The triangle of project management is a well-known model, used through and through since ages. I assume most software developers, even junior ones, are familiar with those: TimeCostScope As for my personal experience in the software industry, all projects have been behind schedule, with only a few exceptions for small projects (some man-months). The reason might probably because initial estimations were too low, either by accident or on purpose, but that is a subject best tackled in anothe
In Java, it's widely admitted that reflection - usage of the java.reflect API, comes at a high cost in terms of performance. Older Java versions had huge performance overhead, while it seems that newer versions bring it in the acceptable range. But what does 'acceptable' really mean? This is the question I asked when commenting on a performance review that advised to replace code based on reflection by standard code.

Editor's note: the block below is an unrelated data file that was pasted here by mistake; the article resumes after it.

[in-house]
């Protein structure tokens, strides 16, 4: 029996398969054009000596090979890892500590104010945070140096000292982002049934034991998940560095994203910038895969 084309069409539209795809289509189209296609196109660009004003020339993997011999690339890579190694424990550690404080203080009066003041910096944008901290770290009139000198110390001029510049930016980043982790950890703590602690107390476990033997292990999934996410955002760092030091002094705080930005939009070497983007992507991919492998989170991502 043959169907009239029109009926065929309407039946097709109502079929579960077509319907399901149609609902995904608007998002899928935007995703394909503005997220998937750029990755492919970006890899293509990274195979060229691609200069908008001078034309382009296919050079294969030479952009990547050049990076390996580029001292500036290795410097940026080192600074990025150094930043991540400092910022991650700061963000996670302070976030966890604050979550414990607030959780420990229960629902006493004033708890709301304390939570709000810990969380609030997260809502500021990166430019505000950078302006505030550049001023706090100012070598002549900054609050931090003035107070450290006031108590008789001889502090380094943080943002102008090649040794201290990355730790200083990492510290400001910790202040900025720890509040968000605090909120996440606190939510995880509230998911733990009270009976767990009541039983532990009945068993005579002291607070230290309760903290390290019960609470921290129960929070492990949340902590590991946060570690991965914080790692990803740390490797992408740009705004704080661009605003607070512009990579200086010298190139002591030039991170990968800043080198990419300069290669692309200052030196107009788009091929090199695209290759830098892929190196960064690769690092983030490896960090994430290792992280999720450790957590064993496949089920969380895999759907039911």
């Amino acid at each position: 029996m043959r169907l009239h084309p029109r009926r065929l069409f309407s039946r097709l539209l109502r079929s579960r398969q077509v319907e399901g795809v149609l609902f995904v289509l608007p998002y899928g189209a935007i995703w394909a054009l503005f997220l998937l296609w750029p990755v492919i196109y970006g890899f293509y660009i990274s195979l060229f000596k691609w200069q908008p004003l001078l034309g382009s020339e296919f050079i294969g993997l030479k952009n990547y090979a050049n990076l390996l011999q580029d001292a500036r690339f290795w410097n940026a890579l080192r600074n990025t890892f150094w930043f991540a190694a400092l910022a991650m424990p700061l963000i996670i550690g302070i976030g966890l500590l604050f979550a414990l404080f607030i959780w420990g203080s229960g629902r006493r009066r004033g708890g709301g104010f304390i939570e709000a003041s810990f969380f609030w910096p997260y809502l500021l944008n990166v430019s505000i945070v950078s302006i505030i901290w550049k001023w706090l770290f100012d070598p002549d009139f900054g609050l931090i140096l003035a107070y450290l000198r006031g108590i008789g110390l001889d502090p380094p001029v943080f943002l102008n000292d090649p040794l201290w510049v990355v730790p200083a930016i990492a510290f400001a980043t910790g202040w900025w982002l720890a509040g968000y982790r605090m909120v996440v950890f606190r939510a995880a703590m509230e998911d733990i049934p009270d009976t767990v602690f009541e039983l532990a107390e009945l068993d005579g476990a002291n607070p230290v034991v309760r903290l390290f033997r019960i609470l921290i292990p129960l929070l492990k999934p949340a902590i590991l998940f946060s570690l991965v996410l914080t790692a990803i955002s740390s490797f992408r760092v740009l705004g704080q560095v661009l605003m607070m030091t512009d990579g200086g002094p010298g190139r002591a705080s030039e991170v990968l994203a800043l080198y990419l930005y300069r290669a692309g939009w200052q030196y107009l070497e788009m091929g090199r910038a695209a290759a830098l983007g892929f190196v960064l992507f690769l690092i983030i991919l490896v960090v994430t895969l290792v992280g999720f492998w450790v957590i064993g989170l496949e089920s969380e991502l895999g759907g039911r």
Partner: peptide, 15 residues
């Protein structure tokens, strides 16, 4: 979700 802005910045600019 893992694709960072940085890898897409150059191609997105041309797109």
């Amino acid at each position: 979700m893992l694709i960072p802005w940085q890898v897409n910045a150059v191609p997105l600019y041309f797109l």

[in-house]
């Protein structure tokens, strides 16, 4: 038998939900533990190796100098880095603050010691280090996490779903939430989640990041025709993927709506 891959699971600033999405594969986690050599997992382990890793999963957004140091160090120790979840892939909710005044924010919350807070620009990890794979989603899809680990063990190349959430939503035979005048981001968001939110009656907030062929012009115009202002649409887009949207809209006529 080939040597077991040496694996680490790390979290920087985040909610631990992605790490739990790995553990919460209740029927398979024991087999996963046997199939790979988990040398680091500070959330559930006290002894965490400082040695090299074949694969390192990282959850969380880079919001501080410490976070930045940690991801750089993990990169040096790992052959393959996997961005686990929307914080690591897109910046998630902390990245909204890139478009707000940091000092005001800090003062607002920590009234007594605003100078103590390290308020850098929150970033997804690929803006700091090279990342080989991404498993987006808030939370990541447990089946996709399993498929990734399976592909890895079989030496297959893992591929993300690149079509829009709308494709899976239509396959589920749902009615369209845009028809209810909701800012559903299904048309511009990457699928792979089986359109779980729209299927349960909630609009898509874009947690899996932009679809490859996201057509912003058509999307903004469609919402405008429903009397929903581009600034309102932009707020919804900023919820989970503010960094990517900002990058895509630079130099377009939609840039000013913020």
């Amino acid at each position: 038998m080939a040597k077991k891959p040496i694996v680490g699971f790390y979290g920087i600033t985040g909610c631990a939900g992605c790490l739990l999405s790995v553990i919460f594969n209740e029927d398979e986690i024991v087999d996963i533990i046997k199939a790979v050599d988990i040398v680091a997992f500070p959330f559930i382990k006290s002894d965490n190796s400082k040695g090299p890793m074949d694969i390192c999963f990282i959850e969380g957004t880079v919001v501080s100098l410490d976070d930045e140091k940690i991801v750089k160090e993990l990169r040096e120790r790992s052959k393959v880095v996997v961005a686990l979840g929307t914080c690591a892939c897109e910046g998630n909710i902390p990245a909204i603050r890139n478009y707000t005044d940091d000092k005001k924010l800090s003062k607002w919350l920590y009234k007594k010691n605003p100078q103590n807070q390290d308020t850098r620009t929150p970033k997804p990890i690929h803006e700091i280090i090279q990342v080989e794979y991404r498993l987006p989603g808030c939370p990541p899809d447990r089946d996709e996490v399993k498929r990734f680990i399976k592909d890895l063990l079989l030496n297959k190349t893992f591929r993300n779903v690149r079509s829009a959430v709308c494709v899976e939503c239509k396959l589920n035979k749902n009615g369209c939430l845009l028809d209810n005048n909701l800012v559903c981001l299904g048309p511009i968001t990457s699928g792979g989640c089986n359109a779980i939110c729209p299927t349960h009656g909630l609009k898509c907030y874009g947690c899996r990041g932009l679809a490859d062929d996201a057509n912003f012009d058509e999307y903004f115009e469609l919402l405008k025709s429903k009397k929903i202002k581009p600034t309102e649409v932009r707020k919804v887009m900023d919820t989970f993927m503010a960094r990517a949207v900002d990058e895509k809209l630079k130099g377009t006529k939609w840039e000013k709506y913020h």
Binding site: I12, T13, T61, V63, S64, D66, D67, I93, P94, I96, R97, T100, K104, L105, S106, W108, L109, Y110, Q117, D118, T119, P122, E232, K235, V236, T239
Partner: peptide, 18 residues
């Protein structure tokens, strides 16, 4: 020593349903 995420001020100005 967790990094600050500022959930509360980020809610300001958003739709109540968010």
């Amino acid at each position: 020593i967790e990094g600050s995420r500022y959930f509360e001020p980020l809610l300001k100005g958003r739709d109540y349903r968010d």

In my career, I've noticed many small and un-expensive features that didn't find their way into the Sprint backlog because they didn't provide business value. However, they provided plenty of Return Over Investment during the life of the application, but that was completely overlooked due to short-sighted objectives (set by short-sighted management). Those include, but are not limited to: Monitoring in general, and more specifically metrics, health checks, etc. Environment data e.g. development,